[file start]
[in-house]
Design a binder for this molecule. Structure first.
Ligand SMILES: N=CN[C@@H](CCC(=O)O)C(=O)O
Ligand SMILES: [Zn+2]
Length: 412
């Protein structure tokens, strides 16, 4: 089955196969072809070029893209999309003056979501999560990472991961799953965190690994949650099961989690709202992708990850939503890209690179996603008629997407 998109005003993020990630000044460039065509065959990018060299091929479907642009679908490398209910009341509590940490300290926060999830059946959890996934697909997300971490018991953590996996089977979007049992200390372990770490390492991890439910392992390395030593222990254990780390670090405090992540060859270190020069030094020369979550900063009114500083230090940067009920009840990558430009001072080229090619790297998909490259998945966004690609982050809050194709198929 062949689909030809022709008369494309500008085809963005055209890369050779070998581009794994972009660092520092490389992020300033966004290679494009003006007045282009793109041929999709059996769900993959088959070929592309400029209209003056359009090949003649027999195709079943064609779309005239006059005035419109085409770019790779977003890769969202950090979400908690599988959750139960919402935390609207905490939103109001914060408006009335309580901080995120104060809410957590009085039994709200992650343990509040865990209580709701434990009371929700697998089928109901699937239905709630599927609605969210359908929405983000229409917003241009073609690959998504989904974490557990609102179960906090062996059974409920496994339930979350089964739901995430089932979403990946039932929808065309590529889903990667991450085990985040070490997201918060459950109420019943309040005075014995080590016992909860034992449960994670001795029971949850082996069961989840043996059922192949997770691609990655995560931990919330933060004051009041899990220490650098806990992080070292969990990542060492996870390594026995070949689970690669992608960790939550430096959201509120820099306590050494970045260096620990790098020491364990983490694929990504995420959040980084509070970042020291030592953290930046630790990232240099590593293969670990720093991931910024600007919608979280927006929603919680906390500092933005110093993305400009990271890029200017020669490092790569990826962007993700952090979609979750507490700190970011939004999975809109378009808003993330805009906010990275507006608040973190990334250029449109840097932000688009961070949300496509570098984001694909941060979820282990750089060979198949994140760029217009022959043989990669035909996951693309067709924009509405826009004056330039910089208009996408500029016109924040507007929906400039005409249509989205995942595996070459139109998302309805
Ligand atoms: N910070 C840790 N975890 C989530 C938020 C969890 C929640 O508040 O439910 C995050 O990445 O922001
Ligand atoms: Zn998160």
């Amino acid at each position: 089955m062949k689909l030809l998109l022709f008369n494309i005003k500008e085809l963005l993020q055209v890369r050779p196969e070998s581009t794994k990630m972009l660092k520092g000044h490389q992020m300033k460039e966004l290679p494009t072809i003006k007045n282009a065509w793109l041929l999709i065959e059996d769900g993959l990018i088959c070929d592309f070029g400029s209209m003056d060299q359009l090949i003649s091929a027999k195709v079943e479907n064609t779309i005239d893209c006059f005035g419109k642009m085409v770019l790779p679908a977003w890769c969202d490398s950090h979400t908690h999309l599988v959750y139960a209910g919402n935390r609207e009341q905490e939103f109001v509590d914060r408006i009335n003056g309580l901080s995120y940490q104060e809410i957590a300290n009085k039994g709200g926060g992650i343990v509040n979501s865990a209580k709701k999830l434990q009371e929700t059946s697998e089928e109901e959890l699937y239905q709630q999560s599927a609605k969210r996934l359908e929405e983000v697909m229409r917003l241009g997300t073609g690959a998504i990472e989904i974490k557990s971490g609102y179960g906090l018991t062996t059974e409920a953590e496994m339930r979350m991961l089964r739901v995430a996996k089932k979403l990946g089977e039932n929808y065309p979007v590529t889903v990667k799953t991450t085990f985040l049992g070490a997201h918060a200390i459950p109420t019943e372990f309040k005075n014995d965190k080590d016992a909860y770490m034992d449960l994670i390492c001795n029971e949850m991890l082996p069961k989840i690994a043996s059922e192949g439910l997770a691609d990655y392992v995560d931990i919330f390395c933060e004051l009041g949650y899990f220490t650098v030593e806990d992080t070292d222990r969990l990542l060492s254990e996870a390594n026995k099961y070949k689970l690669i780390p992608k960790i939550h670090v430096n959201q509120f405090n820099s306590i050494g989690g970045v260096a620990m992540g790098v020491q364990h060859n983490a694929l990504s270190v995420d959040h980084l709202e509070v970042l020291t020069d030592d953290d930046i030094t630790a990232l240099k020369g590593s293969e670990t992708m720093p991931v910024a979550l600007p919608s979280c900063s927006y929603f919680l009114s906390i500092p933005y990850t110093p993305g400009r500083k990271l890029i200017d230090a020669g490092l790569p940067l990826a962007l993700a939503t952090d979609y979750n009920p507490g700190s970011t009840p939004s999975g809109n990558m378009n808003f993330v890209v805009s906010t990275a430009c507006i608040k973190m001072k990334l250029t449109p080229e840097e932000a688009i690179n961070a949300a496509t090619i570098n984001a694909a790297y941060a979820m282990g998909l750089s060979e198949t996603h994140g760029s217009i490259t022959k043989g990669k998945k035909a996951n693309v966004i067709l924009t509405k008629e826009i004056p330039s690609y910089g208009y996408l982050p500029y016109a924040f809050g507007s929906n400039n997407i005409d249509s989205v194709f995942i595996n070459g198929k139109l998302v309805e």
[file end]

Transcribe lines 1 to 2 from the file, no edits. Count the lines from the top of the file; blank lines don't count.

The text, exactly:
[in-house]
Design a binder for this molecule. Structure first.